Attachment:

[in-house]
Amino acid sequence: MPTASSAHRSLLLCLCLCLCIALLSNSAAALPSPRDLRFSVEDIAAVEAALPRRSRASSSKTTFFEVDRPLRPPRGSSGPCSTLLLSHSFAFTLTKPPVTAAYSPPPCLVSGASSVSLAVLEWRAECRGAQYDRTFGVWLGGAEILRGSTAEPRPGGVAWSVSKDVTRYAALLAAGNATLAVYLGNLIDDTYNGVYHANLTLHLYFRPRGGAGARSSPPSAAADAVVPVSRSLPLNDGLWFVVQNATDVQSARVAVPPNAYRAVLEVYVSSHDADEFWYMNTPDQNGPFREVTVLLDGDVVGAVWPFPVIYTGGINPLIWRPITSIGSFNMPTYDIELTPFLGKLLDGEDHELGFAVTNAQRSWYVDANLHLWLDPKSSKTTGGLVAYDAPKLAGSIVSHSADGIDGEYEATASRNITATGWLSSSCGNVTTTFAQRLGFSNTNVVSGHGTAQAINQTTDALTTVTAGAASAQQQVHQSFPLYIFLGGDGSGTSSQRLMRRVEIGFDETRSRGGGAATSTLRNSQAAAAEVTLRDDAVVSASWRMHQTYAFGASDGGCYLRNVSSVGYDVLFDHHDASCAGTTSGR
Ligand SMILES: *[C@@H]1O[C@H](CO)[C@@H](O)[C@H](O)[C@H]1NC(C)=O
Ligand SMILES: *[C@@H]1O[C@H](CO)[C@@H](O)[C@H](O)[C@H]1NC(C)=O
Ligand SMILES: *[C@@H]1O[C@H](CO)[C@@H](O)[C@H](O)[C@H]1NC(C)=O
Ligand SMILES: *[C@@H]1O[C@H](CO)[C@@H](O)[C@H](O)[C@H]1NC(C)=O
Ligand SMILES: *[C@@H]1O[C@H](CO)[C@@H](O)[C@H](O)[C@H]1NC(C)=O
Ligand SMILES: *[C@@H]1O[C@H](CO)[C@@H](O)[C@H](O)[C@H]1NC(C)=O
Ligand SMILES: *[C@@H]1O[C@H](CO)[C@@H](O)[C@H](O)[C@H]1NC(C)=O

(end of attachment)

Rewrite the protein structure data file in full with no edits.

[in-house]
Amino acid sequence: MPTASSAHRSLLLCLCLCLCIALLSNSAAALPSPRDLRFSVEDIAAVEAALPRRSRASSSKTTFFEVDRPLRPPRGSSGPCSTLLLSHSFAFTLTKPPVTAAYSPPPCLVSGASSVSLAVLEWRAECRGAQYDRTFGVWLGGAEILRGSTAEPRPGGVAWSVSKDVTRYAALLAAGNATLAVYLGNLIDDTYNGVYHANLTLHLYFRPRGGAGARSSPPSAAADAVVPVSRSLPLNDGLWFVVQNATDVQSARVAVPPNAYRAVLEVYVSSHDADEFWYMNTPDQNGPFREVTVLLDGDVVGAVWPFPVIYTGGINPLIWRPITSIGSFNMPTYDIELTPFLGKLLDGEDHELGFAVTNAQRSWYVDANLHLWLDPKSSKTTGGLVAYDAPKLAGSIVSHSADGIDGEYEATASRNITATGWLSSSCGNVTTTFAQRLGFSNTNVVSGHGTAQAINQTTDALTTVTAGAASAQQQVHQSFPLYIFLGGDGSGTSSQRLMRRVEIGFDETRSRGGGAATSTLRNSQAAAAEVTLRDDAVVSASWRMHQTYAFGASDGGCYLRNVSSVGYDVLFDHHDASCAGTTSGR
Ligand SMILES: *[C@@H]1O[C@H](CO)[C@@H](O)[C@H](O)[C@H]1NC(C)=O
Ligand SMILES: *[C@@H]1O[C@H](CO)[C@@H](O)[C@H](O)[C@H]1NC(C)=O
Ligand SMILES: *[C@@H]1O[C@H](CO)[C@@H](O)[C@H](O)[C@H]1NC(C)=O
Ligand SMILES: *[C@@H]1O[C@H](CO)[C@@H](O)[C@H](O)[C@H]1NC(C)=O
Ligand SMILES: *[C@@H]1O[C@H](CO)[C@@H](O)[C@H](O)[C@H]1NC(C)=O
Ligand SMILES: *[C@@H]1O[C@H](CO)[C@@H](O)[C@H](O)[C@H]1NC(C)=O
Ligand SMILES: *[C@@H]1O[C@H](CO)[C@@H](O)[C@H](O)[C@H]1NC(C)=O